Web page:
July 2000

A small start, but a lot of credibility has been lost

Independent (London), 12 July 2000
By Michael Harrison, Business Editor

[Posted 17/07/2000]

Norman Askew, chief executive of BNFL, described the agreement to take back the Mox fuel in Japan as the start of a process to rebuild customer confidence and give the Sellafield plant a commercial future. But he and everyone else in BNFL knows it is only a small start, that the process will be long and that its outcome remains uncertain.

Without Mox production, Sellafield has no source of future income and no reason to stay in business, since the only purpose in reprocessing fuel is to turn it back into something which can be burnt again in nuclear reactors.

BNFL has letters of intent for Mox business from customers in Japan, Germany and Switzerland. But first it has to get permission to resume production, then persuade the world it makes sense to burn the recycled mixture of uranium and plutonium when uranium can be mined for a fraction of the price.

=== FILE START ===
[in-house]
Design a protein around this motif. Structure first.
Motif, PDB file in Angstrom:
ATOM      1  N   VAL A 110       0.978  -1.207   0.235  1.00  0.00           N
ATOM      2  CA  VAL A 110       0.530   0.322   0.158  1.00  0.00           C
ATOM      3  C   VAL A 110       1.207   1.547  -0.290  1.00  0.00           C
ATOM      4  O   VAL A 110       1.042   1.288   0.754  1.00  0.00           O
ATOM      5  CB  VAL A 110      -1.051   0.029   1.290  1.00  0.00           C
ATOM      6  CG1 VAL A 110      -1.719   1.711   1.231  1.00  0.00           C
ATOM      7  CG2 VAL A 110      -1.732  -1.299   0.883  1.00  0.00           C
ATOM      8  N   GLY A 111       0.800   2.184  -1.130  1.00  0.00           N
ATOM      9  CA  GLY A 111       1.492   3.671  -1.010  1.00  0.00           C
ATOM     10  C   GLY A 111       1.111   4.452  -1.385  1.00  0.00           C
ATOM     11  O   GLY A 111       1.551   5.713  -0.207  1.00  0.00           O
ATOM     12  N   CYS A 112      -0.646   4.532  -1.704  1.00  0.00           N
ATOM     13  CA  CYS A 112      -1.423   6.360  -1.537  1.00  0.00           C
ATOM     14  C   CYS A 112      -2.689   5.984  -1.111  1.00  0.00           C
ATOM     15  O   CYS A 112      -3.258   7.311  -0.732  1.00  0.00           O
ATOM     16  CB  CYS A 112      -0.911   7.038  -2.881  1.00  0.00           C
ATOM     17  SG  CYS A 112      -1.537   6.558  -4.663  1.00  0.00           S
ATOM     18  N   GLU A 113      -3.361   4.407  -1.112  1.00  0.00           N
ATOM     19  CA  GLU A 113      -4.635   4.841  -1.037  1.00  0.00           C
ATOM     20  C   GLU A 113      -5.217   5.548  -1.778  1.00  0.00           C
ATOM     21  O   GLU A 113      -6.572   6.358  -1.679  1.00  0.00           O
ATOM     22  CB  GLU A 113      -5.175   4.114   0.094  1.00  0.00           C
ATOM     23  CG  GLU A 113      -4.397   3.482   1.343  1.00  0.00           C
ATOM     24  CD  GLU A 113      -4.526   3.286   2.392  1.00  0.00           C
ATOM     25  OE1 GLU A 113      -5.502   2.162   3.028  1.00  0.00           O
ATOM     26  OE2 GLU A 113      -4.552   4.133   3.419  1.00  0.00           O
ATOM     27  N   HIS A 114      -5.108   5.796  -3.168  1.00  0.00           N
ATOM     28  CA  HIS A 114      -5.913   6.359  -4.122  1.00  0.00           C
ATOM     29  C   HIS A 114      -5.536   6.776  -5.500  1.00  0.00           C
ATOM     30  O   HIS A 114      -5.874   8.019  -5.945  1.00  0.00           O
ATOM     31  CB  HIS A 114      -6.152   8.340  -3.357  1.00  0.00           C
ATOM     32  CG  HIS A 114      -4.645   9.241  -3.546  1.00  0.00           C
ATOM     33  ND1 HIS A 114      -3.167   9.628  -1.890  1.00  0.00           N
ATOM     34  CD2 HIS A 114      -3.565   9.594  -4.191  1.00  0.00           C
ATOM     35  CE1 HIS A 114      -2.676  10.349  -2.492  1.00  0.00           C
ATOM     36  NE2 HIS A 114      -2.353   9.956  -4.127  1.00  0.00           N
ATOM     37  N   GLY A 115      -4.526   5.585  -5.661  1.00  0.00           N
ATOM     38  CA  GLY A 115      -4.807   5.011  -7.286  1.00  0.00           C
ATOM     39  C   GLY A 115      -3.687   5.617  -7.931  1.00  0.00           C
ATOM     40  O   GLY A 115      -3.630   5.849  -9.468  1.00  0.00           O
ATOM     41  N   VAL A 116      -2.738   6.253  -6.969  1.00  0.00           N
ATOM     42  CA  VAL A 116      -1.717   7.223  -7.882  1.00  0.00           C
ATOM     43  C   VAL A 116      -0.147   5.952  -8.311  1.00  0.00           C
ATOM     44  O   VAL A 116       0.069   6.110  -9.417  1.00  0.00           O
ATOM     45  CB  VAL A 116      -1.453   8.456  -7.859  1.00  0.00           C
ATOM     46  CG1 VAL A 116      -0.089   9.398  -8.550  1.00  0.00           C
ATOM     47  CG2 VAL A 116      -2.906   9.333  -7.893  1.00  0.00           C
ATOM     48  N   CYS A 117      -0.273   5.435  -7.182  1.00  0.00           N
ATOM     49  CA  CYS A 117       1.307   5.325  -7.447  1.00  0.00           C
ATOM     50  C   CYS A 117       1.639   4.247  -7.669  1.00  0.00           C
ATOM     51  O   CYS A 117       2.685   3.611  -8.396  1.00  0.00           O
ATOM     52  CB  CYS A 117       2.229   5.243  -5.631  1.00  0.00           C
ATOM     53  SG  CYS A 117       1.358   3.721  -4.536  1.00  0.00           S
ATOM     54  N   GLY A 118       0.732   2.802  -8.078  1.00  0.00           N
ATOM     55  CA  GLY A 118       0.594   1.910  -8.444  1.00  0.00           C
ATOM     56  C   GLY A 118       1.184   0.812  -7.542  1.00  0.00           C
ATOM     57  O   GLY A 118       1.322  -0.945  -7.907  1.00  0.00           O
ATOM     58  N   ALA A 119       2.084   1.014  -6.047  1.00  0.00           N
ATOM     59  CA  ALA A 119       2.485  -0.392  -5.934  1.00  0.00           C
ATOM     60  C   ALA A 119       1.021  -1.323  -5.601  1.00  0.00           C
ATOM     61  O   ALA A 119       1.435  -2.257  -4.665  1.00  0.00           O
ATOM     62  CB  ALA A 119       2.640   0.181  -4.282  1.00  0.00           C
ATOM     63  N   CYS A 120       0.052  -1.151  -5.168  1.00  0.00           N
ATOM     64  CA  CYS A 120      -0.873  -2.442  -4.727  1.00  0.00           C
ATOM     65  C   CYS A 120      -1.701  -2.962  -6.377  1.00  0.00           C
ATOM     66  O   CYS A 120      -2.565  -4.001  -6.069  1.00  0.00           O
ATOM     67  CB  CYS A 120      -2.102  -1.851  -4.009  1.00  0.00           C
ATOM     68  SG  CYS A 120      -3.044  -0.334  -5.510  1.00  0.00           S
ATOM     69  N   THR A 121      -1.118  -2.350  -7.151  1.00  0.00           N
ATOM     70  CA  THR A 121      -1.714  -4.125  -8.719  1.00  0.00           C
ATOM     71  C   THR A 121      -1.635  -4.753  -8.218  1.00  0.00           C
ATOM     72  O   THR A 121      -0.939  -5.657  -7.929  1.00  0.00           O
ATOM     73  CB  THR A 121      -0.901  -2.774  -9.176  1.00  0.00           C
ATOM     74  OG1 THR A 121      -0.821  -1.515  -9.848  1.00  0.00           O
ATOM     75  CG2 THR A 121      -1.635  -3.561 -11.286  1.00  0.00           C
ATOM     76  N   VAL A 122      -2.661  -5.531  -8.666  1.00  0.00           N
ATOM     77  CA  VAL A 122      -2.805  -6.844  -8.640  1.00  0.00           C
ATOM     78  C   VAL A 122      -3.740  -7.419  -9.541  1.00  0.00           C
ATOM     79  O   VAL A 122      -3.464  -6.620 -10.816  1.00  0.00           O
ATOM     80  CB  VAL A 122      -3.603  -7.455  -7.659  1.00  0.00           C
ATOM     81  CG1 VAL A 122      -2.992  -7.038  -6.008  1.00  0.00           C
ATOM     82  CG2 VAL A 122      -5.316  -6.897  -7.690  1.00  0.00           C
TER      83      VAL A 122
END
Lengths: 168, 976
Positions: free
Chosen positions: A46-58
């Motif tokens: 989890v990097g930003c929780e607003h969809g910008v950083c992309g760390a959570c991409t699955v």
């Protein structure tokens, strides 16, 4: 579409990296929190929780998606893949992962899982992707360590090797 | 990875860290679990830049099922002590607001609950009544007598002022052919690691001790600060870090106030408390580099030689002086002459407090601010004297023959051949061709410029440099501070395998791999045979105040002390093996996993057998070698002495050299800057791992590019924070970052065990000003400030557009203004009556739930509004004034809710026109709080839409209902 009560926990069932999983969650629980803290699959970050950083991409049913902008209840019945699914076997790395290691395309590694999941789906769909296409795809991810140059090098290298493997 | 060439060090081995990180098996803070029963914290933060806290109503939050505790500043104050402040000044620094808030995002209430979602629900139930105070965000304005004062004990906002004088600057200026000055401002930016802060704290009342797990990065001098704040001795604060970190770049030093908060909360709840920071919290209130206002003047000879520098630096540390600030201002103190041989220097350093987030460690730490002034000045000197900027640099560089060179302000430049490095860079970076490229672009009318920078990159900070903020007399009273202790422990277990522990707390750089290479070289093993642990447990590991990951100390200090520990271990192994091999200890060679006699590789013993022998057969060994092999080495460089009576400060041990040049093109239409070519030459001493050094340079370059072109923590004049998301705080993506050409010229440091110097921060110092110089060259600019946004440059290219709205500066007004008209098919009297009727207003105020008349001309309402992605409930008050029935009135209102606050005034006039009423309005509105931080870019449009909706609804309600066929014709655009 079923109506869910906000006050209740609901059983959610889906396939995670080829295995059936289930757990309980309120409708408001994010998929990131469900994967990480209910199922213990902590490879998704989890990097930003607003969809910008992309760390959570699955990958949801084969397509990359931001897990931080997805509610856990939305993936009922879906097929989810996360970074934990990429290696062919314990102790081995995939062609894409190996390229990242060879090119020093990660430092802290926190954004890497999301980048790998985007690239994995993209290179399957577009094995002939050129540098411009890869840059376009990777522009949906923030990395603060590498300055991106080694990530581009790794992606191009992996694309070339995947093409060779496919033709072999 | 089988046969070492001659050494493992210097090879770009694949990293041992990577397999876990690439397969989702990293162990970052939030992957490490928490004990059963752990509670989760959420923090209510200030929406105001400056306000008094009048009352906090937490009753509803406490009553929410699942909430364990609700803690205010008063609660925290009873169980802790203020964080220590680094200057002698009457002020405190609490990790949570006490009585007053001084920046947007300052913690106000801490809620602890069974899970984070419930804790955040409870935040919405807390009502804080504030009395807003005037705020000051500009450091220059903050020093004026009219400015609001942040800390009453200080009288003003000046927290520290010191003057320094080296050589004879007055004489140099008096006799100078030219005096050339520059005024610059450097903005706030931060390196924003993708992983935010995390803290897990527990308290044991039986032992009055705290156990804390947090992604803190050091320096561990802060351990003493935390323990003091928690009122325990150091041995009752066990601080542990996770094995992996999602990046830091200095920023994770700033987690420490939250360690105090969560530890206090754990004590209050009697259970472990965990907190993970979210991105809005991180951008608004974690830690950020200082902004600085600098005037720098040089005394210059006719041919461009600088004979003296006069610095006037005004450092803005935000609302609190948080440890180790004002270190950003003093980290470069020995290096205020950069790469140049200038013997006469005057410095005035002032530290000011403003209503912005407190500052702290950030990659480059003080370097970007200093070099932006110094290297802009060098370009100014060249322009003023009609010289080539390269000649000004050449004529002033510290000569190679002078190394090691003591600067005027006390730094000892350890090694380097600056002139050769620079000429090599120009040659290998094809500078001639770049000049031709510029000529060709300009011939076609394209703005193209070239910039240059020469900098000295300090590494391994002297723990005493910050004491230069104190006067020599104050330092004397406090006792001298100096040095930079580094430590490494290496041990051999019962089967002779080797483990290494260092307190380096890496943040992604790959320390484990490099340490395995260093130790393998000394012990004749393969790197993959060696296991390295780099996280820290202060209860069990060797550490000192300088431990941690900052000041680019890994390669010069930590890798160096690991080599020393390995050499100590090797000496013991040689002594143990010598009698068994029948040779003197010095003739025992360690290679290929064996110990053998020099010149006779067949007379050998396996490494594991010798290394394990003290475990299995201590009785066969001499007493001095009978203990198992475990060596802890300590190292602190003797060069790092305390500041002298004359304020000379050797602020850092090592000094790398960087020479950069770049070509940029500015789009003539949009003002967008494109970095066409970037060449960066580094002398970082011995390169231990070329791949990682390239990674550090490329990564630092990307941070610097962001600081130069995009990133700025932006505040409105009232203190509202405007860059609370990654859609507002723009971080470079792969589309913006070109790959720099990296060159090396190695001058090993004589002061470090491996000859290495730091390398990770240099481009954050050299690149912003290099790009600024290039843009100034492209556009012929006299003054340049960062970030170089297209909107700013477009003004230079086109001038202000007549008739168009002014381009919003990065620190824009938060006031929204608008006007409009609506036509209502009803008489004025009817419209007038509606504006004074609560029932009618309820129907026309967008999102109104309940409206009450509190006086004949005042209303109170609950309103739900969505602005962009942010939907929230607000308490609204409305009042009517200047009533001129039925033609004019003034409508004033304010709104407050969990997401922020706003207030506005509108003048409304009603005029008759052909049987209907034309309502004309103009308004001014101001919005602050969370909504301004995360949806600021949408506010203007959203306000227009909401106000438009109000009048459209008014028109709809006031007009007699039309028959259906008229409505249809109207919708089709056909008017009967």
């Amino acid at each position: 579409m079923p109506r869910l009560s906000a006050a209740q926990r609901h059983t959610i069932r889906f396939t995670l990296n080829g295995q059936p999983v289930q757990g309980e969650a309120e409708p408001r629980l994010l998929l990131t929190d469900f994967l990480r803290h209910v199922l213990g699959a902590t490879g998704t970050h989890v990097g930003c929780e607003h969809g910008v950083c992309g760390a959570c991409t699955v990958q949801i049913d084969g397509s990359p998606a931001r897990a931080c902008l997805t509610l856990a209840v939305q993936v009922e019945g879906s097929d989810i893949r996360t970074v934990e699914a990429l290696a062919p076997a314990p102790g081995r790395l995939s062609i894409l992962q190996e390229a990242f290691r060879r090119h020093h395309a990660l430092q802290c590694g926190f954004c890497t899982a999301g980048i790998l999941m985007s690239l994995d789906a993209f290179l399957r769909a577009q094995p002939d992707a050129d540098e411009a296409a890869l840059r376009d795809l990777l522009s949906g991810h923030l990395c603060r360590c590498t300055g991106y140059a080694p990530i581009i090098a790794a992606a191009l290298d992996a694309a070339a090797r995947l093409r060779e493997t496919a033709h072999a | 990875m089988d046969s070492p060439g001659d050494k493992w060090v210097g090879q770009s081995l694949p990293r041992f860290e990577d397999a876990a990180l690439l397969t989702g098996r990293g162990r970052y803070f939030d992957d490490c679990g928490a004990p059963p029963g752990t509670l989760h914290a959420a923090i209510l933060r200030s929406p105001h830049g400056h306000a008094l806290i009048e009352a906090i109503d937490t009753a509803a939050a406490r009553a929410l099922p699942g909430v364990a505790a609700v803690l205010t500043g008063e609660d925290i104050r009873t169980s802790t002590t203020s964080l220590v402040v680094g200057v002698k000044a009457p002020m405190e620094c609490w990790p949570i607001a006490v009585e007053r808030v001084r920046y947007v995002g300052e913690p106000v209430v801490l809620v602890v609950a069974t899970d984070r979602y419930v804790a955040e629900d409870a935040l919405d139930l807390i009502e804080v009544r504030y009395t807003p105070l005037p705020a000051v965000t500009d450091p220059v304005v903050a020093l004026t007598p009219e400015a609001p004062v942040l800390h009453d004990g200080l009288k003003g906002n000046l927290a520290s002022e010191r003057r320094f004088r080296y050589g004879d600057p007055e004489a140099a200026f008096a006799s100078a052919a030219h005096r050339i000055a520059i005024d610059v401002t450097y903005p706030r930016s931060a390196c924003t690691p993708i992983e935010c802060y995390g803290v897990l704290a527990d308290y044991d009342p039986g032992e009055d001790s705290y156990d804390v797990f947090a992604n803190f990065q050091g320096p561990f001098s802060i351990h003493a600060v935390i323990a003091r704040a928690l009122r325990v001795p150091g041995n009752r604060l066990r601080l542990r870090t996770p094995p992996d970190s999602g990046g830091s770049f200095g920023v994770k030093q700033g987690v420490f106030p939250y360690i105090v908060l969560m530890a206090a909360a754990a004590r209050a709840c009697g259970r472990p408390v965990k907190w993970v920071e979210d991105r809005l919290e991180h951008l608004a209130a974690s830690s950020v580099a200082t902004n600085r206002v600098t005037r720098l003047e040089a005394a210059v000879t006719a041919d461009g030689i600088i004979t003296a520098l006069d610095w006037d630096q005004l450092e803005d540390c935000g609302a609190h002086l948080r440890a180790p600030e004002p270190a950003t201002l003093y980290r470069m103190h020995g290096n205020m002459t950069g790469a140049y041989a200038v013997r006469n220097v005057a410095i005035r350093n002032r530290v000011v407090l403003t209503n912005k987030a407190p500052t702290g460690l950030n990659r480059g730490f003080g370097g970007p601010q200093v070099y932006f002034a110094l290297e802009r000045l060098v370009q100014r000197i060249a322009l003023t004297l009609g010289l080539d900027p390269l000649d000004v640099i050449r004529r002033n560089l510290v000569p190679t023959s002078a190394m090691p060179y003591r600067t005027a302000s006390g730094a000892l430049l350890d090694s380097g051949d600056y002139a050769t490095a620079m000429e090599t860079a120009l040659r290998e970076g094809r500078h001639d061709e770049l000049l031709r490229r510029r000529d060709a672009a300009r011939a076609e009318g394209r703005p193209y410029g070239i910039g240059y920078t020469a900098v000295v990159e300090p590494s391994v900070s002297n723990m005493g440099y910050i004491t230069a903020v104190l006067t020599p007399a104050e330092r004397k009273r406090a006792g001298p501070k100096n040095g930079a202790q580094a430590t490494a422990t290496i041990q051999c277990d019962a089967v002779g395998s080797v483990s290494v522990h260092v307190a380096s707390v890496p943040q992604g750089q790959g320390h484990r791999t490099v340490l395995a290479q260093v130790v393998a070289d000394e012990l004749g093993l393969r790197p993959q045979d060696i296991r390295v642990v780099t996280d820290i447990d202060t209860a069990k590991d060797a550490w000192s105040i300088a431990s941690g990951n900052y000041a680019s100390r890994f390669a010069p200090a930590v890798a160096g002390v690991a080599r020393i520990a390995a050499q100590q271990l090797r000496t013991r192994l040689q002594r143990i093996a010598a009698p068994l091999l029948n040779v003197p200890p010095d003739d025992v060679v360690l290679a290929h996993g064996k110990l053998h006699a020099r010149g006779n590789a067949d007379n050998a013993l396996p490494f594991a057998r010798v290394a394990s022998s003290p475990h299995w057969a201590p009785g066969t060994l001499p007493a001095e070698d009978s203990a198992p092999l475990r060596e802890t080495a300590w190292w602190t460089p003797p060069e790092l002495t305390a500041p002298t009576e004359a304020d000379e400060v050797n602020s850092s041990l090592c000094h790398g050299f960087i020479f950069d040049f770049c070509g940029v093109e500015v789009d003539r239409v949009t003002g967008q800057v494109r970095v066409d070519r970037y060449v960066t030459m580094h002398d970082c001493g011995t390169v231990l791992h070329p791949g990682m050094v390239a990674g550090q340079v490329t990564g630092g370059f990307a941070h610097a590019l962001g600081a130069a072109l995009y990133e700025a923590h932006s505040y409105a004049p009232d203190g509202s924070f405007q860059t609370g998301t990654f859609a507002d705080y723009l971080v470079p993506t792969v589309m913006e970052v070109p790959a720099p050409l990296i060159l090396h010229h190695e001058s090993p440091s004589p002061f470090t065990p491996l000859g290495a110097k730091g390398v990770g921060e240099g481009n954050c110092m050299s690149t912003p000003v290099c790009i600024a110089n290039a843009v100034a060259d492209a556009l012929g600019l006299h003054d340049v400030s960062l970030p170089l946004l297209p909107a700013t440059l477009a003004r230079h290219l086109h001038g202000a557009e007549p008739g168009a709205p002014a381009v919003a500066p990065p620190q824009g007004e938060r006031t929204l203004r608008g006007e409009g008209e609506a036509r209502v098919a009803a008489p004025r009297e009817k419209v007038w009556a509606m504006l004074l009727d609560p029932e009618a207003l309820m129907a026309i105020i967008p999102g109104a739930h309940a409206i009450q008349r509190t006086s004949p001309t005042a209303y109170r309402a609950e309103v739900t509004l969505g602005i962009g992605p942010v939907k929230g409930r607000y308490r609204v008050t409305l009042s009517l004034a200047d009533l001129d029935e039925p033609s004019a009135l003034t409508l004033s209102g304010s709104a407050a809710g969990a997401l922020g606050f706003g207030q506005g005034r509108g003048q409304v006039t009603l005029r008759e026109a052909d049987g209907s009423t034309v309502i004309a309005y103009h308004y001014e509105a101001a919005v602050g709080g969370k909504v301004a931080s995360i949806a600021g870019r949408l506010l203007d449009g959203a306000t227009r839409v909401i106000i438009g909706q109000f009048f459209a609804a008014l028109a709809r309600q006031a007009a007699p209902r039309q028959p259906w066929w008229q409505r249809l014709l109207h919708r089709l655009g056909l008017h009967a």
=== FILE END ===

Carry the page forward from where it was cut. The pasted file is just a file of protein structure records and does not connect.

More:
Mr Askew estimates the Japanese market could be worth 4bn but BNFL has to get consent of the Nuclear Installations Inspectorate to reopen its Mox demonstrator plant at Sellafield, where the safety records were falsified. Then BNFL faces getting approval to open the 400m commercial Mox plant, which has sat idle for a year. That decision will rest with the Deputy Prime Minister, John Prescott. BNFL hopes to persuade him that unless the plant is given the go-ahead, Britain will lose business to its French rival, Cogema.

But BNFL has lost a huge amount of credibility in Japan and in Germany the government has announced the phasing out of nuclear power.

British Energy, Sellafield's biggest customer, wants to withdraw from all its contracts with BNFL, worth 4bn, on grounds that reprocessing is "economic nonsense" and revert to storage of nuclear waste. For that reason it has no interest in Mox fuel.

Back to contents